Monday, July 21, 2014

This 'n That 'n Celebrating August

Two festivals bookended the month back then, the 18th and Vine Jazz and Heritage Festival early in August and the Kansas City Jazz Festival late in the month. Conveniently, both Count Basie’s and Charlie Parker’s birthdays fell during the month. Saks Fifth Avenue, then on The Plaza, hosted a classy jazz awards celebration on a Friday night. Other special events popped up from year to year.

So, in the latter half of the 1980s, the Kansas City Jazz Commission obtained proclamations from the Mayor’s office and from the Missouri Secretary of State – they were easy to get if you submitted the parts about your event written in their style – naming August as Jazz and Heritage Month in Kansas City and Missouri.

The Kansas City Jazz Festival eventually merged with the blues festival and moved to July. The 18th and Vine event moved into September. Saks ended the awards celebrations. And the Jazz Commission stopped asking for August proclamations.

This August may be time for somebody to ask again.

KC Jazz ALIVE, with its freshly-acquired not-for-profit status, has branded a compilation of events as an 18-day Kansas City Charlie Parker Celebration. It mostly promotes already-scheduled-with-no-idea-they’d-wind-up-being-connected-to-Charlie-Parker club dates. But give credit where it’s due. This is an inaugural effort to recognize one of the greatest icons in jazz history, in the city where he was born and raised, a city which until now couldn’t even see the benefit in saving his home or put the right saxophone on his tombstone.

From August 14th through the end of the month, over 18 days, KC Jazz ALIVE will promote the collection of concerts and events as recognition of one of this city’s most culturally important sons, even reviving the Twenty One Sax Salute at Parker’s gravesite at noon on August 30th. Boulevard Brewing has designed an impressive poster.

The 1983 revival of the Kansas City Jazz Festival was a two week collection of events under a single banner. So was the 1984 festival. This format has worked before in Kansas City. It has the potential to bring welcome attention to Kansas City jazz while honoring a legend who should have been honored decades ago.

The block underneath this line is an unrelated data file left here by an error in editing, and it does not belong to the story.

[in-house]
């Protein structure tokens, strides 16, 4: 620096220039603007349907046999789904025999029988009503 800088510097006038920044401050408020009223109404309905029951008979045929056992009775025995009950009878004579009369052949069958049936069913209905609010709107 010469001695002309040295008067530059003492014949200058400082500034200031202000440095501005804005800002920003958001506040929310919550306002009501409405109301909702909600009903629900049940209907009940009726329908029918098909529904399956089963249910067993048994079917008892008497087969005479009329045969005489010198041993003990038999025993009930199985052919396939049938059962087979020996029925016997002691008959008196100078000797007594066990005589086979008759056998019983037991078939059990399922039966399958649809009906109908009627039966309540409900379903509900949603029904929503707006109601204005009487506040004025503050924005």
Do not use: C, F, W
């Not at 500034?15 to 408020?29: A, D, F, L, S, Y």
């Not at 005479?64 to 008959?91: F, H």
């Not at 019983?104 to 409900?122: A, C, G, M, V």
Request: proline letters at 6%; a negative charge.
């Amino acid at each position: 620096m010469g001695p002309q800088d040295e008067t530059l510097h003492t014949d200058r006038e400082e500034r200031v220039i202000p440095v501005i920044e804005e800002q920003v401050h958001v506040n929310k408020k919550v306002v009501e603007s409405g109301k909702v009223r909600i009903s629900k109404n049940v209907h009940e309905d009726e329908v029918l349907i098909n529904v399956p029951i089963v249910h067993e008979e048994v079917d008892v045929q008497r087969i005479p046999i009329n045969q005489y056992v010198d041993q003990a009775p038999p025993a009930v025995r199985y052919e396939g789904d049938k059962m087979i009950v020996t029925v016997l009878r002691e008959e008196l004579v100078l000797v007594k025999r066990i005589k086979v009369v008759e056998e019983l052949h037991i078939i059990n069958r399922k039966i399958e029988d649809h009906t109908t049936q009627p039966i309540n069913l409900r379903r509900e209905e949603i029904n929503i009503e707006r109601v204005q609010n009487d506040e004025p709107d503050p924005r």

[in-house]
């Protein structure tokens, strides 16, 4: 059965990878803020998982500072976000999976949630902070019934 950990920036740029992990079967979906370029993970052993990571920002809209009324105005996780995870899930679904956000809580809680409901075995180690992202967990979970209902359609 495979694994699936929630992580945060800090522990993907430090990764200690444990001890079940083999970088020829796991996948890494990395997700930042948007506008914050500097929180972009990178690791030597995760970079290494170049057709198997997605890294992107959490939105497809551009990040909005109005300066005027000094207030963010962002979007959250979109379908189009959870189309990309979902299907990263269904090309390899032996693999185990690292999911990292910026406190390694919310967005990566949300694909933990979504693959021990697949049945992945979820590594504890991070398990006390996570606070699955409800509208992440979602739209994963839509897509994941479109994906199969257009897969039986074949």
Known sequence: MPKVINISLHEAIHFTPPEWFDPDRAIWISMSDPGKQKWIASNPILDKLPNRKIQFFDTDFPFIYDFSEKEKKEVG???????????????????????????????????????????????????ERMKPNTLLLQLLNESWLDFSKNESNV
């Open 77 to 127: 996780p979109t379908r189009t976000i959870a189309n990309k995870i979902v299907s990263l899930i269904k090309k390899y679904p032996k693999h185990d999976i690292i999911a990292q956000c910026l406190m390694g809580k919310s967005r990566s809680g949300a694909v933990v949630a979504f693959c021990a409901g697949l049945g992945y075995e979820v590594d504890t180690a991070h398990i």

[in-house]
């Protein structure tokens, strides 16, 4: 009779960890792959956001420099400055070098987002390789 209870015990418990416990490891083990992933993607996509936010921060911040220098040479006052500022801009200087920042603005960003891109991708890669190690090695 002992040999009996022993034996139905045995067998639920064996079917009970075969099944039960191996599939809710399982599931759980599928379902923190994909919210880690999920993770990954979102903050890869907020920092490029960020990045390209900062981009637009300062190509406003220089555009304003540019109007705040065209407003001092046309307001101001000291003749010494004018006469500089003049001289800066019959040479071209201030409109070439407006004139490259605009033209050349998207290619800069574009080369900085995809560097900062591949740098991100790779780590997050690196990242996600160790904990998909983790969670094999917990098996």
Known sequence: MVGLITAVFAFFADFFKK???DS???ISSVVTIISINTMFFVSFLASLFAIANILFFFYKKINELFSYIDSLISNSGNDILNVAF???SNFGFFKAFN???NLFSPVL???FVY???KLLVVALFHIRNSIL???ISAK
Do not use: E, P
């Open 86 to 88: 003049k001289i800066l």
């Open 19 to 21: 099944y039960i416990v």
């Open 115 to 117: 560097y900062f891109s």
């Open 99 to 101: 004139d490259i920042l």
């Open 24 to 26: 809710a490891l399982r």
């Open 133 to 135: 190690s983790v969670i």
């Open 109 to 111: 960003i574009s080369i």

Unassociated with the Parker celebration but falling within its 18 days is an August 23rd unveiling of a new American Jazz Walk of Fame along 18th Street, between Vine and Highland. Six bronze medallions will be embedded in the sidewalk honoring Count Basie, Mary Lou Williams, Jay McShann, Bobby Watson, Pat Metheny and, of course, Charlie Parker. Sounds much like the bronze stars that once faced a hotel on 12th Street. A concert by the Count Basie Orchestra in the Gem Theater will cap the event. It’s all organized by the Jazz District Renaissance Corporation (though word on the street largely places the office of Rep. Emanuel Cleaver behind the effort).

Last year saw the renovation of homes and the Rochester Hotel along Highland Street, finally surrounding the Mutual Musicians Foundation with the inviting environment it needed and deserved. These medallions will bring renewed focus to 18th Street. It’s good to see architectural enhancements spread throughout the district.

Next year, another event or compilation celebration highlighting dates early in the month could again warrant a proclamation honoring the month both Charlie Parker and Count Basie were born.

(Then the Prairie Village Jazz Festival explodes with jazz just a week into the next month.)


KC Jazz ALIVE is on a roll. Their program at the Folly Theater to introduce musicians to opportunities to earn a living resulted in some musicians taking jobs that will allow them to make money and perform.

Some argue that artists should be able to earn their living as artists. And some artists do. But even Jay McShann drove a garbage truck to support his family. Whether we’re talking jazz saxophonists or poets or portrait painters, the reality today is that only the best of the best artists find full time employment in their art, and even then only those who understand how to successfully sell and market themselves.

KC Jazz Alive’s next step will be to help jazz musicians do just that, setting up a chance for promotional photos.


The American Jazz Museum is also on a roll. They’re one of the key organizations behind the Charlie Parker Celebration. On Wednesday they will officially unveil the lineup for October 11th’s Kansas City’s 18th and Vine Jazz and Blues Festival (will someone slice and dice that name into something manageable?), even though if you follow the right orgs on Facebook, you’ve already seen all of the headliners’ names.